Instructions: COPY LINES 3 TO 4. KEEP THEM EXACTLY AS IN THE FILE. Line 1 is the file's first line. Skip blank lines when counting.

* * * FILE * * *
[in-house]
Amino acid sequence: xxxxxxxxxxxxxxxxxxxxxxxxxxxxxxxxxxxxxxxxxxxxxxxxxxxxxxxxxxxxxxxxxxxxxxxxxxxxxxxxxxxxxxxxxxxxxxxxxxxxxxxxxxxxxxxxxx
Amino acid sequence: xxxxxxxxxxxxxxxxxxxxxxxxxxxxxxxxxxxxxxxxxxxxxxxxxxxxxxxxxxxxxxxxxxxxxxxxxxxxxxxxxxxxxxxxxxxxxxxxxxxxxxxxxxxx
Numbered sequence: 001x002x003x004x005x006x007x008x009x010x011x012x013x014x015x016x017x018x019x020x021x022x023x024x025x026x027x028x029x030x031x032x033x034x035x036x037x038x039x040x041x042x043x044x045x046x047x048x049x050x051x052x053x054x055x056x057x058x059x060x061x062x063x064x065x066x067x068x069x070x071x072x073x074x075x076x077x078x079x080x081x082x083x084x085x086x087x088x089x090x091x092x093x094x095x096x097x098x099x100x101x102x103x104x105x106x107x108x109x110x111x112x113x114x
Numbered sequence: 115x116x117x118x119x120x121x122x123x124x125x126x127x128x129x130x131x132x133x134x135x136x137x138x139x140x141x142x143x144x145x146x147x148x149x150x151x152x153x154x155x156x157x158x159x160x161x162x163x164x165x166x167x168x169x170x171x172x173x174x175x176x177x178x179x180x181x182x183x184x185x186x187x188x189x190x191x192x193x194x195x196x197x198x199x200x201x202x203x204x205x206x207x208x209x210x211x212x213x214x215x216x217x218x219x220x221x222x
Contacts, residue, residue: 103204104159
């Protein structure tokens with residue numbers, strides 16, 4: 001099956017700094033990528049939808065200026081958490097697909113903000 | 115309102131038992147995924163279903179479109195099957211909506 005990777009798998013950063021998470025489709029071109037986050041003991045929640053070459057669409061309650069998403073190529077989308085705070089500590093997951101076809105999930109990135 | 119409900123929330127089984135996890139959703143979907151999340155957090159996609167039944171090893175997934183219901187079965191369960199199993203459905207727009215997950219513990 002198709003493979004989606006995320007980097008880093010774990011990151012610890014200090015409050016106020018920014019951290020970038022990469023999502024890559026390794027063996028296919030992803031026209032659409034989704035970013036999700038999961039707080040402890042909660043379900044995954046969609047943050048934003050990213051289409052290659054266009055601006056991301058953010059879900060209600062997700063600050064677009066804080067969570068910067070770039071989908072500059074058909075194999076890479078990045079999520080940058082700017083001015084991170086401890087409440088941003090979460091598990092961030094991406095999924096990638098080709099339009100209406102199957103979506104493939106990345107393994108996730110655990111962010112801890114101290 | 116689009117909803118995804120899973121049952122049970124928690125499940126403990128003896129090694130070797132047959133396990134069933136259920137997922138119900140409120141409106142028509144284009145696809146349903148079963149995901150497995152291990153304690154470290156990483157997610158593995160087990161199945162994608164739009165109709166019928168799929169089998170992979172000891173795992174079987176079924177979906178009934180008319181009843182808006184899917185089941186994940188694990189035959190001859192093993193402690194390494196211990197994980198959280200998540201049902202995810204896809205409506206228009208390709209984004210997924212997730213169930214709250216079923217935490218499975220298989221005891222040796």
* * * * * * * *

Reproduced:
Amino acid sequence: xxxxxxxxxxxxxxxxxxxxxxxxxxxxxxxxxxxxxxxxxxxxxxxxxxxxxxxxxxxxxxxxxxxxxxxxxxxxxxxxxxxxxxxxxxxxxxxxxxxxxxxxxxxx
Numbered sequence: 001x002x003x004x005x006x007x008x009x010x011x012x013x014x015x016x017x018x019x020x021x022x023x024x025x026x027x028x029x030x031x032x033x034x035x036x037x038x039x040x041x042x043x044x045x046x047x048x049x050x051x052x053x054x055x056x057x058x059x060x061x062x063x064x065x066x067x068x069x070x071x072x073x074x075x076x077x078x079x080x081x082x083x084x085x086x087x088x089x090x091x092x093x094x095x096x097x098x099x100x101x102x103x104x105x106x107x108x109x110x111x112x113x114x